You are here:

- Home
- Science
- Mathematics
- Topology
- Regular Space

Advertisement

Dear Clyde Oliver,

I have a problem with the following question.

1)Let X be a regular space. Show that for each closed set A, A is the intersection of all open sets containing A. A set which is the intersection of all open sets containing it is called a saturated set. Is the converse of this conclusion true?

I didnt have any notion to start with it. Can you help me?

Thanks in advance.

Because this appears to be a homework question, it would be inappropriate to give a full answer. Instead, I will try to provide some guidance:

The goal is to prove "closed" ↠ "saturated."

The definitions:

A is closed if X\A, the complement of A in X, is open in the topology.

A is saturated if A = ∪ U, the union of all open sets U such that A⊆U.

X is regular if for any nonempty closed set K, and x not in K, there are open sets U and V that do not intersect, where U is contained in K and V contains x.

Now, what you need to do is to prove that this intersection is exactly K. Say that the intersection of all open sets containing K is some set K'. You wish to prove K'=K.

Then assume otherwise -- assume there is a point k' inside of K' that is not in K. Can you find an open set containing K but not containing k'? If so, then k' should not be in K' after all, leading to a contradiction. Just apply the definition of regular space to obtain this result.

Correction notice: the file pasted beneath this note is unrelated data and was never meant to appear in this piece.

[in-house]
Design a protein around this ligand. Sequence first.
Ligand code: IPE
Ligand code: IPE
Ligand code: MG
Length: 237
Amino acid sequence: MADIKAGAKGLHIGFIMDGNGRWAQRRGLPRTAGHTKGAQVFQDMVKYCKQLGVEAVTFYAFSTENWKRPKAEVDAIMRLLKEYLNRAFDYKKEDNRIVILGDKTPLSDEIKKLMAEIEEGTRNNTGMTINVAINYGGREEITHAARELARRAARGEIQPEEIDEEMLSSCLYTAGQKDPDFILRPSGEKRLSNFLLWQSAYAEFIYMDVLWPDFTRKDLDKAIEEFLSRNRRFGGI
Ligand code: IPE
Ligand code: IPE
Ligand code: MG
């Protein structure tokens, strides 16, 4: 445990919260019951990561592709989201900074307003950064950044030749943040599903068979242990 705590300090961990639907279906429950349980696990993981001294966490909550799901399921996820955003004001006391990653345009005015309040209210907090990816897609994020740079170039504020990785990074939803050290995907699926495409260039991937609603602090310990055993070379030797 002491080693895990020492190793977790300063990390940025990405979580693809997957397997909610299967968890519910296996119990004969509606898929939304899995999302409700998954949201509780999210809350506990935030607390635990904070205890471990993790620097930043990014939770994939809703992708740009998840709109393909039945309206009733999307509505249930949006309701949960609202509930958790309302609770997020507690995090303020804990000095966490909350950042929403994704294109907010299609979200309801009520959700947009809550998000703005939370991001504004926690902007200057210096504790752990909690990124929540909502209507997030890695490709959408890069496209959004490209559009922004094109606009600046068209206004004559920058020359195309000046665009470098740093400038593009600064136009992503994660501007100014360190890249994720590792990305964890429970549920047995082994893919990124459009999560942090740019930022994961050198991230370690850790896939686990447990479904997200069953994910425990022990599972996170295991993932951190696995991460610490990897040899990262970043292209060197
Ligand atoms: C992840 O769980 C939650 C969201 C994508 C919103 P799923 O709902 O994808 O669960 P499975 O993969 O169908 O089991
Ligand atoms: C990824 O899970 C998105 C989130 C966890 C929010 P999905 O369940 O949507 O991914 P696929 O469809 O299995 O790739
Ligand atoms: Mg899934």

I won't give more details -- as a homework problem, you need to work out the details on your own. As for the converse, consider A = any open set. Is A saturated? Is A likely to be closed?

From "Advanced Math" -- I can answer all questions up to, and including, graduate level mathematics. I am more likely to prefer questions beyond the level of calculus. I can answer any questions, from basic elementary number theory like how to prove the first three digits of powers of 2 repeat (they do, with period 100, starting at 8), all the way to advanced mathematics like proving Egorov's theorem or finding phase transitions in random networks. I have no idea why Topology is not included in "Advanced Math" -- not to mention, there is only one question in this category, and it is decidedly not a topology question.

I am a PhD educated mathematician working in research at a major university.**Organizations**

AMS**Publications**

Various research journals of mathematics. Various talks & presentations (some short, some long), about either interesting classical material or about research work.**Education/Credentials**

BA mathematics & physics, PhD mathematics from a top 20 US school.**Awards and Honors**

Various honors related to grades, various fellowships & scholarships, awards for contributions to mathematics and education at my schools, etc.**Past/Present Clients**

In the past, and as my career progresses, I have worked and continue to work as an educator and mentor to students of varying age levels, skill levels, and educational levels.